Given that it’s a decentralized market operating 24 hours a day with currencies from all over the world, the forex market is prone to fluctuations that can often be difficult to predict.
However, while difficult, such predictions are not impossible. As long as one understands the factors that cause the market to fluctuate, they’re well-equipped to manage them too.
Some of these factors are discussed below:
1. Governments and Central Banks
The monetary policies of any government are enacted by their central banks, which implement processes that affect their respective currency’s price. The forex market, just like any other market, is also based on the principles of supply and demand.
Hence, the central banks act mainly as the suppliers selling their currencies to buyers.
2. What’s in the News
Commercial banks and financial institutions prefer investing their money where they expect healthy returns, so good news about a country or region boosts the demand for its currencies on forex trading platforms, and negative news does the opposite.
If increased demand isn’t matched by an increase in supply, the price for a currency will go up, whereas decreased demand without decreased supply to match will lower its price.
3. Investor Attention
Also known as market sentiment, investor attention is how the traders feel about the price movement in the forex market. This is often directly affected by the news, and other factors such as historical examples, seasonal factors, and economic outlooks.
This is also where the popular words ‘bearish’ and ‘bullish’ come from. If a trader believes that currency prices will go up, it can be said that they’re bullish. Whereas if someone feels that prices will go down, they’re bearish.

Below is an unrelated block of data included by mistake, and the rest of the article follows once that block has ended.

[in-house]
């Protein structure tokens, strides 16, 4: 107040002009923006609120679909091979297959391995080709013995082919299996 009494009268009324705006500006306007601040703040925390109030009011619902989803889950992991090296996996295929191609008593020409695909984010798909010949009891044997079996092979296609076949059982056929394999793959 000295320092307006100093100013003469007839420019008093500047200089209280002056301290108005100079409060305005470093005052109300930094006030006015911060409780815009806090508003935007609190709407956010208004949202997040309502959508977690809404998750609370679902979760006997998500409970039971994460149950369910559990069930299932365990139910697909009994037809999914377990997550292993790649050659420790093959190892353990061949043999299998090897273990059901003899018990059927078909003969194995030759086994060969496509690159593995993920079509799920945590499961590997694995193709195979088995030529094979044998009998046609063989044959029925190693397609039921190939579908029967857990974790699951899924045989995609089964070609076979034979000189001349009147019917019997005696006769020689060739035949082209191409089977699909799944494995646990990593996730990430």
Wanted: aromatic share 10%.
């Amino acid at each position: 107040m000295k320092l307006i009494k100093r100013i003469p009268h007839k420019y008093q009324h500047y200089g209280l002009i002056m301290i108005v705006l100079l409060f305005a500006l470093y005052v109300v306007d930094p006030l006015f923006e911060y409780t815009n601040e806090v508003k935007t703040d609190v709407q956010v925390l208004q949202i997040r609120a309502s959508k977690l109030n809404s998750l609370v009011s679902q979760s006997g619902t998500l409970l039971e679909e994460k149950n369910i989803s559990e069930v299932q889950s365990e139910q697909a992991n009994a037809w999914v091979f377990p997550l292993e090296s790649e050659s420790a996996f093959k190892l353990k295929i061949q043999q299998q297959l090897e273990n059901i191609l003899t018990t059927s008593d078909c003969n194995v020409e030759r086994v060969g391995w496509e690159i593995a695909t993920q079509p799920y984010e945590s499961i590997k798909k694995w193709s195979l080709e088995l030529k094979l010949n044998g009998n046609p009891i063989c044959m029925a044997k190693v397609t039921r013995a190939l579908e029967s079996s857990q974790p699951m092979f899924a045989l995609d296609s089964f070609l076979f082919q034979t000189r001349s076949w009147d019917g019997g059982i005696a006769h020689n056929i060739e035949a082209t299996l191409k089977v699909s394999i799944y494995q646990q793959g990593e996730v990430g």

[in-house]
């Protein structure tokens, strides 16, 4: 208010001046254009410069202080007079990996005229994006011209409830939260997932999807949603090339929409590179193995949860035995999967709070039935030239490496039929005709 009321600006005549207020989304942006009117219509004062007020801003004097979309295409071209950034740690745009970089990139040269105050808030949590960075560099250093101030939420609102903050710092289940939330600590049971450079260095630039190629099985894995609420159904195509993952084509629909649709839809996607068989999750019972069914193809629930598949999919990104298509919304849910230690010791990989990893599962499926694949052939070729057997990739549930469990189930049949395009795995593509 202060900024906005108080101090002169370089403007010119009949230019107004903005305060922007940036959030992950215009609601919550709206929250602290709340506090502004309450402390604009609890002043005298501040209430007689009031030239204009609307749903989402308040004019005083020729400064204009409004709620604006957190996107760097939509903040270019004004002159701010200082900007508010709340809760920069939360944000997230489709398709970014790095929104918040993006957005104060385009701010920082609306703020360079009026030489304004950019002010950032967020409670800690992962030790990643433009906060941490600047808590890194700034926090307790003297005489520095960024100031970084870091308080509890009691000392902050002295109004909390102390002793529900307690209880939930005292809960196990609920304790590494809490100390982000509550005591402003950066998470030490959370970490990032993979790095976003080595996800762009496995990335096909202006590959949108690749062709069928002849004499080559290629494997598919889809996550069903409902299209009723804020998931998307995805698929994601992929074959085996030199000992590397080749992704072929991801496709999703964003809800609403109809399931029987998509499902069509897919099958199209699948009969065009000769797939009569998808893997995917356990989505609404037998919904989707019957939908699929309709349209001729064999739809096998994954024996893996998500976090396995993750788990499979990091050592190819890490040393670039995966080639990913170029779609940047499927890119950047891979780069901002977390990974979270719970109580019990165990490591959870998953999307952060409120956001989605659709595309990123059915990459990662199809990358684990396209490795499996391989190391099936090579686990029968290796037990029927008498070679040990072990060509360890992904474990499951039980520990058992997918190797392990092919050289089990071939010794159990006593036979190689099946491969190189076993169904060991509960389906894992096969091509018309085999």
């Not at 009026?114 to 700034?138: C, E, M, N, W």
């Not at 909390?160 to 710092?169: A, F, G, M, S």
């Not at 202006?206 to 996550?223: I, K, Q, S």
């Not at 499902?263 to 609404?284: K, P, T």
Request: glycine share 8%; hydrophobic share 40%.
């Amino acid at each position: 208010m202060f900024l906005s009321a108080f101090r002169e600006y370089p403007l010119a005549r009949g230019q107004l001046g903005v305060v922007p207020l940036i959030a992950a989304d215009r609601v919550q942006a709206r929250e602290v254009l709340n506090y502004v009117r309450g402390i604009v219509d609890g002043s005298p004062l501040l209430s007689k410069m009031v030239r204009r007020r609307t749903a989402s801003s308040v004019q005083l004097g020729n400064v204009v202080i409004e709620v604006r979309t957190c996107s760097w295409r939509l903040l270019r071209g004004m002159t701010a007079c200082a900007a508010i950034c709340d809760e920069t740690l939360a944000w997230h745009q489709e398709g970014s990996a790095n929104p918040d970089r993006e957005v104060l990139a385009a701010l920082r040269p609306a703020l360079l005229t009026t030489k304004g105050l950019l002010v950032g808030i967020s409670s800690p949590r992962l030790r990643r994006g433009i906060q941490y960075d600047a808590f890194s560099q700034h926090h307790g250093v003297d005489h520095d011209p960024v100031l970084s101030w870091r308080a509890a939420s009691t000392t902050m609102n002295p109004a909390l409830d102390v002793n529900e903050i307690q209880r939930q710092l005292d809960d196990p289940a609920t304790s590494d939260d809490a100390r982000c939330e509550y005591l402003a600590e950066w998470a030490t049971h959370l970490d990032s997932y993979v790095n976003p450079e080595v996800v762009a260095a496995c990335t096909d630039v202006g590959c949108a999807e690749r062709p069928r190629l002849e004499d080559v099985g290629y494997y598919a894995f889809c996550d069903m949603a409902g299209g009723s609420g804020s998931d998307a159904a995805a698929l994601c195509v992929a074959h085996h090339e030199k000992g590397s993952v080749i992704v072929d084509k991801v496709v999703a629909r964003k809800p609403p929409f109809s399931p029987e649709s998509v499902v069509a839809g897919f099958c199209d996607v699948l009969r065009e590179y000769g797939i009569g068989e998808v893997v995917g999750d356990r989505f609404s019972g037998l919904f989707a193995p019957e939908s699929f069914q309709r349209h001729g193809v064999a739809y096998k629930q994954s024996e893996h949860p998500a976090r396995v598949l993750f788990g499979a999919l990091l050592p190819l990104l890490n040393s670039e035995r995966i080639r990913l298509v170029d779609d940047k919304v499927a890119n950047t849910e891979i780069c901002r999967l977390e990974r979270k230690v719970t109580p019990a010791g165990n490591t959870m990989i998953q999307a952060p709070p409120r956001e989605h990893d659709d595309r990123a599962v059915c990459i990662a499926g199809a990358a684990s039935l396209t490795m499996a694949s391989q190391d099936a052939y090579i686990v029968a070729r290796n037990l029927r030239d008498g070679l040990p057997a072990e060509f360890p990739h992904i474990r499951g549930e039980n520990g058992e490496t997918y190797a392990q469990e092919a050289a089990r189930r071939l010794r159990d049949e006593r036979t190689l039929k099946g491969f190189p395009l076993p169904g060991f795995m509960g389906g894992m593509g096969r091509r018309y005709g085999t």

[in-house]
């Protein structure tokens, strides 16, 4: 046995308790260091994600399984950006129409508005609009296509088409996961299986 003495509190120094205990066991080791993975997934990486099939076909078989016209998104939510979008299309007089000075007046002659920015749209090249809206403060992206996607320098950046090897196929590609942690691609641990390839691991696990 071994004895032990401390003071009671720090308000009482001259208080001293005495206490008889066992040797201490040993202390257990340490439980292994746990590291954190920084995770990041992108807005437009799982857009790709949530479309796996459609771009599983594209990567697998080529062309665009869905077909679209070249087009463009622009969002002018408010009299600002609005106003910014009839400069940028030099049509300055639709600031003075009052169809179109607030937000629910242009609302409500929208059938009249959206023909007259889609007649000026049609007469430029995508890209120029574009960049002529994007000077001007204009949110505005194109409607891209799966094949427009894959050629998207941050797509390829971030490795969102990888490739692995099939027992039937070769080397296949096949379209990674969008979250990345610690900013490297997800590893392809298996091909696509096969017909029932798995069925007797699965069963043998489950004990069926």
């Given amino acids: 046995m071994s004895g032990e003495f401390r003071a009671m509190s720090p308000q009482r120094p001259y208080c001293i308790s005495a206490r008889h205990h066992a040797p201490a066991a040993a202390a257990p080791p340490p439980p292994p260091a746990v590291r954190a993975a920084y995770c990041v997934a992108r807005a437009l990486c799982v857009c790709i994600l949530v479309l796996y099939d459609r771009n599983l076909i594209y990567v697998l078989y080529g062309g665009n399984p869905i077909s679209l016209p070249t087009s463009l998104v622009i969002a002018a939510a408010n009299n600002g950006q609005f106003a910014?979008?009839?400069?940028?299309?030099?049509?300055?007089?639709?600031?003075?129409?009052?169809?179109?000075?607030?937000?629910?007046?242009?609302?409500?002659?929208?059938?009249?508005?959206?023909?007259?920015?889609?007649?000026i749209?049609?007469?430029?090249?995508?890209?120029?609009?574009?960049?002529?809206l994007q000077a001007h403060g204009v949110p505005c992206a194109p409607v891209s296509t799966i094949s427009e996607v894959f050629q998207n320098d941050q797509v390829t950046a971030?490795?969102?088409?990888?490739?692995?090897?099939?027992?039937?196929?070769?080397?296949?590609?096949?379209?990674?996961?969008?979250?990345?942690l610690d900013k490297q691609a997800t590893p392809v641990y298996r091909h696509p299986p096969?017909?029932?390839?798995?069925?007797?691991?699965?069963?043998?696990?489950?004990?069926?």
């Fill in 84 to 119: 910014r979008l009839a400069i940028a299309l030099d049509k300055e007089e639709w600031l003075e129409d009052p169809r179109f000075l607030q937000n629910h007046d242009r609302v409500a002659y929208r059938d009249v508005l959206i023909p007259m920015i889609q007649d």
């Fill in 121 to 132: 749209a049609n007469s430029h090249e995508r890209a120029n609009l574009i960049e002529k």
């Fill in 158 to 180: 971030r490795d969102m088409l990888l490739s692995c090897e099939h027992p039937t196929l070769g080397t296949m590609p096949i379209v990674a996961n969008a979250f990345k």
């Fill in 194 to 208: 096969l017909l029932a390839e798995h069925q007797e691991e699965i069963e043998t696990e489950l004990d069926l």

4. Economic Information
The economic data of a country is important for predicting the price movements of its currency, as it is an indicator of the health of its economy and provides an idea of the steps its central bank might take next.
For example, the GDP of a country can be used by traders to confirm whether it’s in an expansionary or recessionary phase, both of which will impact its currency in opposite ways. The unemployment rate, if it increases over a prolonged period, negatively impacts market sentiment and will bring down the price of a currency.
5. Credit Ratings
Much like a bank goes through a customer’s credit report to determine whether they qualify for favorable terms on a loan or a mortgage, investors also look at a country’s credit ratings before investing so as to mitigate their risk.
A credit rating is an external evaluation of a country’s capability of repaying its debts. Higher credit ratings generate confidence in investors and drive up the price of that country’s currency.
About Forex Trading Asia
One of the leading forex analysis sites in Asia, Forex Trading Asia uses forex prediction formulas and in-depth research to provide traders with the forex forecast indicators that improve their trading strategies.
Rate an article for points!